It wasn’t long ago that the Learning Management System team at the University of Oklahoma was largely focused on providing technical support and lecture-based training. But we had a vision for engaging with faculty and students and broadening our portfolio of tools to provide a more holistic approach to learning management. How did we achieve this? By realigning our team’s focus and building strong cross-campus relationships. Read on to learn more!
First things first: build internal relationships. We prioritized building internal relationships before pursuing any functional changes to the team. We identified both our Marketing & Communications and Infrastructure teams as strategic areas that would help us provide a solid foundation for our tools and ensure a professional, cohesive look for communication materials.
Next up: form external partnerships. We started collaborating with groups across campus, such as our Center for Teaching Excellence and OU Libraries. Partnering with other areas on campus increases visibility and buy-in for a new approach and helps foster continuous growth. Additionally, we’ve leveraged vendor relationships to their maximum potential, relying heavily on them to provide technical support. Although some vendors provide technical support resources for free, outsourcing support is not always cheaper and easier. The benefit is that it ensures on-campus resources are available to dedicate time to higher value activities.
And finally: begin implementing changes. Over the last few years, we have been able to implement a number of key changes, including:
- Providing faculty and students with on-demand technical support including help articles, videos, and PDF quick guides. It’s important for our users to get help when they need it and in their preferred format. Example: OU IT Knowledgebase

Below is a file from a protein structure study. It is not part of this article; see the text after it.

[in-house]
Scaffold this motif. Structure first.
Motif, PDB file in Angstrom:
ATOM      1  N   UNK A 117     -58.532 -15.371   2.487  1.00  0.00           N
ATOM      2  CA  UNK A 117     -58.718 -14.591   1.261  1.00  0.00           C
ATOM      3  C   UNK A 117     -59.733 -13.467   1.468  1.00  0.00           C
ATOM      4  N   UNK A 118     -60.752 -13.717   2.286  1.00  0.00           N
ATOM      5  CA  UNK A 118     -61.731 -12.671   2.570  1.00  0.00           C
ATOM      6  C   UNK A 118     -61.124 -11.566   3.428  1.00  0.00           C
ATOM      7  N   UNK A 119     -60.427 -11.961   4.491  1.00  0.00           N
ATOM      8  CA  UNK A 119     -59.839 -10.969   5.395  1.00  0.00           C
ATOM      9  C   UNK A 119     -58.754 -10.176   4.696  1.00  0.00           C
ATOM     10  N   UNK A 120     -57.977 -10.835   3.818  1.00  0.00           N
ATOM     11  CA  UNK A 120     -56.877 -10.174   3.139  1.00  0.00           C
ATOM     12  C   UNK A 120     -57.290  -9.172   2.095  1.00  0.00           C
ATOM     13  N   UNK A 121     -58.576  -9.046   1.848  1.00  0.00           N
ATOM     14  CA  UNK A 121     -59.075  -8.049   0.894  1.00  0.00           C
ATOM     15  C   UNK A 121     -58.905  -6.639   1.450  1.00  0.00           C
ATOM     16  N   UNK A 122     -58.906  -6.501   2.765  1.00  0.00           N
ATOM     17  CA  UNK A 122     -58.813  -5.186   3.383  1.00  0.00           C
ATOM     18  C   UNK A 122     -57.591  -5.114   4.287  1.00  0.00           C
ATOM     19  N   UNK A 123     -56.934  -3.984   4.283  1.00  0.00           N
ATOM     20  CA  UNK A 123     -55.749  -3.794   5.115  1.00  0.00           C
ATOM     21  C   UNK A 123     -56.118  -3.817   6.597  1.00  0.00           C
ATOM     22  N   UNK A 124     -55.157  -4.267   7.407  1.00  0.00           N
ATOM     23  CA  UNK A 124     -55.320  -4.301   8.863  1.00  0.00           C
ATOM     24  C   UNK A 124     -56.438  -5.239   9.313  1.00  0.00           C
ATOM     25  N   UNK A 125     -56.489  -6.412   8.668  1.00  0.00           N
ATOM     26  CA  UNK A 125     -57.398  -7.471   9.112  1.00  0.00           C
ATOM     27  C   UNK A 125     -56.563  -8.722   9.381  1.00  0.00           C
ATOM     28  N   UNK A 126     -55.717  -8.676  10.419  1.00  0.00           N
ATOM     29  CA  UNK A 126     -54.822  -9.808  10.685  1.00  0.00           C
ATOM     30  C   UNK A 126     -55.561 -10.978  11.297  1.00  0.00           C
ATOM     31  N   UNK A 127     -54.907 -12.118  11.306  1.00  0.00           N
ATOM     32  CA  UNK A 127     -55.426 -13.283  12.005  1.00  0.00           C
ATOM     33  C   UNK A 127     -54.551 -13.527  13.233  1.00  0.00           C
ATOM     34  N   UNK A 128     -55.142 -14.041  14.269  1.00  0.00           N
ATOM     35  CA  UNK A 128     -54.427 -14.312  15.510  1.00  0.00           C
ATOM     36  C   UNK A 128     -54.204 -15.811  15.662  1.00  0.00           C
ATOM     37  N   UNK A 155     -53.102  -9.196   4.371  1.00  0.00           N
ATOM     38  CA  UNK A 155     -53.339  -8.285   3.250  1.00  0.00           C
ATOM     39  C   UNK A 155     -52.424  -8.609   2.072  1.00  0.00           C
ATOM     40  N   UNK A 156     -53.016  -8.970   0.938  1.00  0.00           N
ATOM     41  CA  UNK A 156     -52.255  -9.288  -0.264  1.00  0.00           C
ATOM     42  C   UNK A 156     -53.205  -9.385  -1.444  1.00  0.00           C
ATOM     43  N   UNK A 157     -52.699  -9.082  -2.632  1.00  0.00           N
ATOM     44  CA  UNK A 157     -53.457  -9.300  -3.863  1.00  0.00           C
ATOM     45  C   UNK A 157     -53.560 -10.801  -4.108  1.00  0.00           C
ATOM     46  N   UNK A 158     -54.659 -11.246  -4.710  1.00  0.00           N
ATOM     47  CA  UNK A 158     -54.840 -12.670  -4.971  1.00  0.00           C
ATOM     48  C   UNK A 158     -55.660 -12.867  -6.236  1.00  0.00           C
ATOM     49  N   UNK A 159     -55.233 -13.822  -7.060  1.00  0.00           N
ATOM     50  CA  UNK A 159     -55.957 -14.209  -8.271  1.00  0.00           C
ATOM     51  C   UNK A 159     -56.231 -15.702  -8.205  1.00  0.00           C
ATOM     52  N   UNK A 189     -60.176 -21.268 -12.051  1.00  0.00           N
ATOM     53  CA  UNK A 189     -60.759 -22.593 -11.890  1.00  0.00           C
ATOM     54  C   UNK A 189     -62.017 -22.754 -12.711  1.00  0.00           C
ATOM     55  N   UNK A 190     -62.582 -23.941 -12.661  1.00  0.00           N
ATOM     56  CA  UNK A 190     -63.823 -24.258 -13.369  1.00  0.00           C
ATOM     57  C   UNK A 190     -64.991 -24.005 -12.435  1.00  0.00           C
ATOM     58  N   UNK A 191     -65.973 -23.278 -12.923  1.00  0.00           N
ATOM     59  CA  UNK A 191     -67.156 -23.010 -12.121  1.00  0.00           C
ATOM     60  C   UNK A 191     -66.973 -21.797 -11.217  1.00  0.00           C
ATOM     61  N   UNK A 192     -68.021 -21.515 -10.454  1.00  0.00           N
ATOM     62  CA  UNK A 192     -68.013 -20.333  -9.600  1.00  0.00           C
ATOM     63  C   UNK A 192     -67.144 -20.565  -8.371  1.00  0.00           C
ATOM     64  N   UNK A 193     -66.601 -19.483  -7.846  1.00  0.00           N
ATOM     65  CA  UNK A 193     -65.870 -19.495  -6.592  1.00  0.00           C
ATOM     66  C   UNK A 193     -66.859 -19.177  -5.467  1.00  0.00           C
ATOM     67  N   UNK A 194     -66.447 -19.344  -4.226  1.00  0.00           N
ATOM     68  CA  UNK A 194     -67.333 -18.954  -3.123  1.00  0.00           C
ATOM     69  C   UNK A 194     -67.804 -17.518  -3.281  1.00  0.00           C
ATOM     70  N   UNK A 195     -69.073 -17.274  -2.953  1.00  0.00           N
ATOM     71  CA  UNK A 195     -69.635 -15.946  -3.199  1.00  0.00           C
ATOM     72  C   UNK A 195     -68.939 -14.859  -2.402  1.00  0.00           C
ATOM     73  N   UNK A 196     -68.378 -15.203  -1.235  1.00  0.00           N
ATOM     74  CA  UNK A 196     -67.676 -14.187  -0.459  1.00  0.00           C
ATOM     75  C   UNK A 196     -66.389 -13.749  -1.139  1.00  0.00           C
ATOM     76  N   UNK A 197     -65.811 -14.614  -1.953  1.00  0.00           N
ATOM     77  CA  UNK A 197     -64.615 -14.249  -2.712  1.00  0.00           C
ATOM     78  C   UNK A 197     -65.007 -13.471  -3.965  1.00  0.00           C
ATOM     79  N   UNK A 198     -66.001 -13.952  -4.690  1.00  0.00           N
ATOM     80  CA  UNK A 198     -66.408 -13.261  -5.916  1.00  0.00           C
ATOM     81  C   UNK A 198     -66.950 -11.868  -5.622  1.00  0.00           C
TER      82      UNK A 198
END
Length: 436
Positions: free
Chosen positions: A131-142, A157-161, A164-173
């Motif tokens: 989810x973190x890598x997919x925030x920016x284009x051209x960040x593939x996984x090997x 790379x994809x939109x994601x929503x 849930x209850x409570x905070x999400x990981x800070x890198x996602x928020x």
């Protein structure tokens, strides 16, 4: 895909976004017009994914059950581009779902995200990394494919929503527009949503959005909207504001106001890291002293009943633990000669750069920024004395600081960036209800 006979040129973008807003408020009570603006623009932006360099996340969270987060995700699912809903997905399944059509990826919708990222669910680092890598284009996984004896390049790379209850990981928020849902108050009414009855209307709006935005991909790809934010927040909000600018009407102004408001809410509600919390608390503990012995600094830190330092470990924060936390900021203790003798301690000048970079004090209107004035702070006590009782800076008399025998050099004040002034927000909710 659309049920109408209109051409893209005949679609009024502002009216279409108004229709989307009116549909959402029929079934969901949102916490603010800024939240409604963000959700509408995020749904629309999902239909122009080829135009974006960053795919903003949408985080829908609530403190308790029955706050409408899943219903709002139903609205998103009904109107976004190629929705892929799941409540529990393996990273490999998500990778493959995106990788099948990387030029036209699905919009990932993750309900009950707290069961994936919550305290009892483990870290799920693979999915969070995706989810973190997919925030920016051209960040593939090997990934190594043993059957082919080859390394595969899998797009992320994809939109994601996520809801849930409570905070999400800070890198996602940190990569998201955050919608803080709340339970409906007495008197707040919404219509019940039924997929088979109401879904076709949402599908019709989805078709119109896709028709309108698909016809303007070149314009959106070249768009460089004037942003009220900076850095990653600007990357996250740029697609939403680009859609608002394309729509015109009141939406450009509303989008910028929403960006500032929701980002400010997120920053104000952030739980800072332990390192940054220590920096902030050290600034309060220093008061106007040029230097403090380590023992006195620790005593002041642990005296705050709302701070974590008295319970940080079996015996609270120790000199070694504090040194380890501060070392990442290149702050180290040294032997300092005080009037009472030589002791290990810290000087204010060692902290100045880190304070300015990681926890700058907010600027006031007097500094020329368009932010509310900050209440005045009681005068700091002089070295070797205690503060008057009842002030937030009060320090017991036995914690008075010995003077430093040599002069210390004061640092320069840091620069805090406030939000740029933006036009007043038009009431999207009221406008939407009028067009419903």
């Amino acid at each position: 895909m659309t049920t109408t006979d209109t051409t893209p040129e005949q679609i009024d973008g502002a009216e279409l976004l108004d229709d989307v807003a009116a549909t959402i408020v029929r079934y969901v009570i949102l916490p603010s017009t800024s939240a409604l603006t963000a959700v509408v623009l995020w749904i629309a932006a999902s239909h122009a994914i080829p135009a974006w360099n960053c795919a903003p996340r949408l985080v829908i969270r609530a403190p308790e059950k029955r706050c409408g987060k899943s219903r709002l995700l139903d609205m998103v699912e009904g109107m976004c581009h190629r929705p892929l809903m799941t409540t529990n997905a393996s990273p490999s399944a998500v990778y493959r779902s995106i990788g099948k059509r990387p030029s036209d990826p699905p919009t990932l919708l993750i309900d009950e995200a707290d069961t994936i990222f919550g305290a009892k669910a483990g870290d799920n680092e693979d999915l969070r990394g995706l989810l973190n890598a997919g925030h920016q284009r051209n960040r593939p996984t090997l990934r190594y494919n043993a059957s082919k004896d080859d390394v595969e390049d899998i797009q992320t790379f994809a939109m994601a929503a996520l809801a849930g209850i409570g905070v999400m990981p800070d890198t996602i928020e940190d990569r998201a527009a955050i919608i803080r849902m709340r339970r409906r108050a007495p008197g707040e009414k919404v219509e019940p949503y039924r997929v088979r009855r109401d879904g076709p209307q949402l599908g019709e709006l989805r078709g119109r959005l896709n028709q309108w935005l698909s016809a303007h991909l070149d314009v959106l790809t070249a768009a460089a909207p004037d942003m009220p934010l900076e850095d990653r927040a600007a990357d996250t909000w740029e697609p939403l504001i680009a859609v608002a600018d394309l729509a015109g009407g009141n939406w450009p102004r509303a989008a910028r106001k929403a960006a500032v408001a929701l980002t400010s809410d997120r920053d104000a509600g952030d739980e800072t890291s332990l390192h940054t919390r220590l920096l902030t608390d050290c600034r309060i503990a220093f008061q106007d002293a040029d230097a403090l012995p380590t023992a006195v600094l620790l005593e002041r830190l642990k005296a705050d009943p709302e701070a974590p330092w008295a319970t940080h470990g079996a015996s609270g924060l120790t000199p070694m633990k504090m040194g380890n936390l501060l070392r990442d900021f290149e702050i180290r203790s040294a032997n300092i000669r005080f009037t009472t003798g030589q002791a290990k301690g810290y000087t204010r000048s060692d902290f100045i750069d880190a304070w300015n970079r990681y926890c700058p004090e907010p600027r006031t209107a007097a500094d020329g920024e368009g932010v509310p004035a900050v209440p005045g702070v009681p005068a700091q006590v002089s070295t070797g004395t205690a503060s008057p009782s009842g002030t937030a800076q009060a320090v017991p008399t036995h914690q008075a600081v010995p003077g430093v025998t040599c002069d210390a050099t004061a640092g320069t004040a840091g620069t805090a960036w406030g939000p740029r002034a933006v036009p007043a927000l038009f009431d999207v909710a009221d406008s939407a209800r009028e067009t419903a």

- Providing information toolkits to faculty and students so they are aware of available tools and how to get assistance. With so many different tools and applications available, a toolkit can help raise awareness. Example: Faculty Toolkit
- Involving faculty and students in decisions that will impact them directly. It’s important they feel their feedback is valued. Example: Use It or Lose It (LMS Pilot)
- Hosting events to promote new features, encourage utilization, and share use cases. By getting faculty and students together, you can help drive collaboration! Example: Academic Technology Expo
The results are in! Our portfolio has grown from managing only the campus LMS to managing five enterprise applications (with adding only one full-time resource to the team). We’ve been able to successfully make this leap by minimizing the demand on our team for providing technical support. It’s been a rewarding shift in focus, and the increased engagement with faculty and students has been an incredibly positive experience for both our team and the campus we serve.